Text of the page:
MASTERPIECES OF WORLD LITERATURE: GITANJALI (Special Nook Edition) by RABINDRANATH TAGORE (Indian Bengali Winner of the NOBEL PRIZE FOR LITERATURE and Author of Home and the World) Poetry Influence on William Butler Yeats, Pablo Neruda, Octavio Paz

MASTERPIECES OF WORLD LITERATURE: GITANJALI (Special Nook Edition) by RABINDRANATH TAGORE (Indian Bengali Winner of the NOBEL PRIZE FOR LITERATURE and Author of Home and the World) Poetry Influence on William Butler Yeats, Pablo Neruda, Octavio Paz

by Rabindranath Tagore
     
 

Gitanjali is a collection of 103 English poems, large translations, of the Bengali poet Rabindranath Tagore. This volume became very famous in the West, and was widely translated. The translations were undertaken prior to a visit to England in 1912, where the poems were extremely well received. A slender volume was published in 1913, with an exhilarating preface by W…  See more details below

Overview

Gitanjali is a collection of 103 English poems, large translations, of the Bengali poet Rabindranath Tagore. This volume became very famous in the West, and was widely translated. The translations were undertaken prior to a visit to England in 1912, where the poems were extremely well received. A slender volume was published in 1913, with an exhilarating preface by W. B. Yeats. In the same year, Tagore became the first non-European to win the Nobel prize.

The poems of Gitanjali express a largely metaphysical outlook, talking about a union with the "supreme"; but like much western poetry that explores similar themes, the language suggests the union of two earthly lovers. This type of anthropomorphic depiction of celestial love is quite common in the Vaishnava literature of India since the 12th century. Rabindranath Tagore encountered it also in his interactions with the Baul community in rural Bengal.

Some poems involve themes related to nature, but here, too, the spiritual is subtly present, as in poem 57:

"Light, my light, the world-filling light, the eye-kissing light, heart-sweetening light!

Ah, the light dances, my darling, at the centre of my life; the light strikes, my darling, the chords of my love; the sky opens, the wind runs wild, laughter passes over the earth.

The butterflies spread their sails on the sea of light. Lilies and jasmines surge up on the crest of the waves of light.

The light is shattered into gold on every cloud, my darling, and it scatters gems in profusion.

Mirth spreads from leaf to leaf, my darling, and gladness without measure. The heaven's river has drowned its banks and the flood of joy is abroad."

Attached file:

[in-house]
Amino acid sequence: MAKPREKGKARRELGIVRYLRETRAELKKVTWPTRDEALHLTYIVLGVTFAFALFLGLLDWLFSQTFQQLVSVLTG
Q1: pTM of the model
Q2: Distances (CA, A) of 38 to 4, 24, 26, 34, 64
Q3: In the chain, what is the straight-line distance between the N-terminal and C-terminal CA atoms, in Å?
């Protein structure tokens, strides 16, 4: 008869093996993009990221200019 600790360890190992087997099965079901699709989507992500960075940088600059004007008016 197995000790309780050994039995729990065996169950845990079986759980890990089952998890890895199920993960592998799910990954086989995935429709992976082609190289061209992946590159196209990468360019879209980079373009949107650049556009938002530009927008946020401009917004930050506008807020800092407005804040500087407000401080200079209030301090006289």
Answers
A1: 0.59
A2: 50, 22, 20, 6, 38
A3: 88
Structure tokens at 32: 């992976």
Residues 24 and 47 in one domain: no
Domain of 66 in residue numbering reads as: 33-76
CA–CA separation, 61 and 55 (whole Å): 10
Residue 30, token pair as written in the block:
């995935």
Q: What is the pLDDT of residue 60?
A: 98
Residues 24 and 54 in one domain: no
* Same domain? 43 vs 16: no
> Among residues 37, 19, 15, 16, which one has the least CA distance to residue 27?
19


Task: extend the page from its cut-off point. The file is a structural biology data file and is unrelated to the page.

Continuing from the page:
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Product Details

ISBN-13:
2940013033078
Publisher:
Masterpieces of World Literature
Publication date:
08/21/2011
Series:
Indian Poetry Bengali Poetry | Literature of India and Bangladesh | Tagore Gitanjali | Nook NOOKBook , #1
Sold by:
Barnes & Noble
Format:
NOOK Book
Sales rank:
596,105
File size:
118 KB

Meet the Author

Rabindranath Tagore (7 May 1861 – 7 August 1941) was a Bengali polymath who reshaped Bengali literature and music. Author of Gitanjali and its "profoundly sensitive, fresh and beautiful verse", he was the first non-European Nobel laureate. His poetry in translation was viewed as spiritual, and this together with his mesmerizing persona gave him a prophet-like aura in the West.

Tagore modernised Bengali art by spurning rigid classical forms. His novels, stories, songs, dance-dramas, and essays spoke to political and personal topics. Gitanjali (Song Offerings), Gora (Fair-Faced), and Ghare-Baire (The Home and the World) are his best-known works, and his verse, short stories, and novels were acclaimed for their lyricism, colloquialism, naturalism, and contemplation. Tagore penned two national anthems: India's Jana Gana Mana and Bangladesh's Amar Shonar Bangla.

Nobel laureate Amartya Sen saw Tagore as a "towering figure", being a "deeply relevant and many-sided contemporary thinker". Tagore's Bengali-language writings—the 1939 Rabīndra Rachanāvalī—is also canonised as one of Bengal's greatest cultural treasures. Tagore himself was proclaimed "the greatest poet India has produced".

Tagore was famed throughout much of Europe, North America, and East Asia. In Japan, he influenced such figures as Nobel laureate Yasunari Kawabata. Tagore's works were widely translated into English, Dutch, German, Spanish, and other European languages by Czech indologist Vincenc Lesný, French Nobel laureate André Gide, Russian poet Anna Akhmatova, former Turkish Prime Minister Bülent Ecevit,[122] and others. In the United States, Tagore's lecturing circuits, particularly those in 1916–1917, were widely attended and acclaimed.

Tagore influenced Chileans Pablo Neruda and Gabriela Mistral, Mexican writer Octavio Paz, and Spaniards José Ortega y Gasset, Zenobia Camprubí, and Juan Ramón Jiménez. Ortega y Gasset wrote that "Tagore's wide appeal [may stem from the fact that] he speaks of longings for perfection that we all have ... Tagore awakens a dormant sense of childish wonder, and he saturates the air with all kinds of enchanting promises for the reader, who ... pays little attention to the deeper import of Oriental mysticism".

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